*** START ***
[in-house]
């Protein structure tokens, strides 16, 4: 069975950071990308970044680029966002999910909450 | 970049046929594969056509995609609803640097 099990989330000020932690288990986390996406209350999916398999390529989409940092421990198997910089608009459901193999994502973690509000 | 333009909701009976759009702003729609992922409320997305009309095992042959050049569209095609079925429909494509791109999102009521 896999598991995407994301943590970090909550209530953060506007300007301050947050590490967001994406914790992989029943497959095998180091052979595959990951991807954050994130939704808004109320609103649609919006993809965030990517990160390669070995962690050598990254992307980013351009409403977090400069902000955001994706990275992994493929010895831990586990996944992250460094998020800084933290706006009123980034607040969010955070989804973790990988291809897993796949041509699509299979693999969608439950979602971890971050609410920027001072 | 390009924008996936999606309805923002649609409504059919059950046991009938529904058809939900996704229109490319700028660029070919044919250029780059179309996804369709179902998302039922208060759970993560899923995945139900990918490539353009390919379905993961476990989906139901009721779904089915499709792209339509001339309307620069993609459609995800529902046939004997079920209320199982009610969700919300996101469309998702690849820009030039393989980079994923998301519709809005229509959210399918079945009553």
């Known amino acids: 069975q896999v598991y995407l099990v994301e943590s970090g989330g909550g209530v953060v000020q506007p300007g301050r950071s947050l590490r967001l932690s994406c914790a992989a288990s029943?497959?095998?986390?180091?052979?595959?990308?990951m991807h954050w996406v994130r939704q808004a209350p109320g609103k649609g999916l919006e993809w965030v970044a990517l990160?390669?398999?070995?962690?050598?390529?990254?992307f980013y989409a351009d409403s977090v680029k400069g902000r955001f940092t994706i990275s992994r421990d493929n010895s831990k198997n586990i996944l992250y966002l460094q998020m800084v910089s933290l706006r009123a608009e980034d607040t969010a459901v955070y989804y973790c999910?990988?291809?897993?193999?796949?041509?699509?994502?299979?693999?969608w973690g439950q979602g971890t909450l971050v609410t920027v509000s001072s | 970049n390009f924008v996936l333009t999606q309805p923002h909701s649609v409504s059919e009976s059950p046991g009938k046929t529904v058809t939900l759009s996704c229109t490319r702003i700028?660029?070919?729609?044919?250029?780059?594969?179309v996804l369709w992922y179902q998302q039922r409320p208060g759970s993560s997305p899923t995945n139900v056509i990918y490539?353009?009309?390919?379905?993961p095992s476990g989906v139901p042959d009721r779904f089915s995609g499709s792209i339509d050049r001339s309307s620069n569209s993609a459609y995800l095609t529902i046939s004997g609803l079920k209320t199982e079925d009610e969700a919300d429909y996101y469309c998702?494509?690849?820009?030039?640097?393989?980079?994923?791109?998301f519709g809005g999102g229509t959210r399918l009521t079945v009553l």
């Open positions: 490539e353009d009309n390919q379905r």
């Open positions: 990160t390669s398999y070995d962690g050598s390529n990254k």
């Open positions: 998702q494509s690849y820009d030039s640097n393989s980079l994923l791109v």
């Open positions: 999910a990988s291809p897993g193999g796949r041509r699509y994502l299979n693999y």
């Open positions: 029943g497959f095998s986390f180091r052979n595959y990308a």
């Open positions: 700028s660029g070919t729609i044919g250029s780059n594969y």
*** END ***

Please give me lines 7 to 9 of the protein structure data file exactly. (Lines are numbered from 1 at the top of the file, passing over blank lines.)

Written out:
């Open positions: 999910a990988s291809p897993g193999g796949r041509r699509y994502l299979n693999y």
């Open positions: 029943g497959f095998s986390f180091r052979n595959y990308a």
């Open positions: 700028s660029g070919t729609i044919g250029s780059n594969y």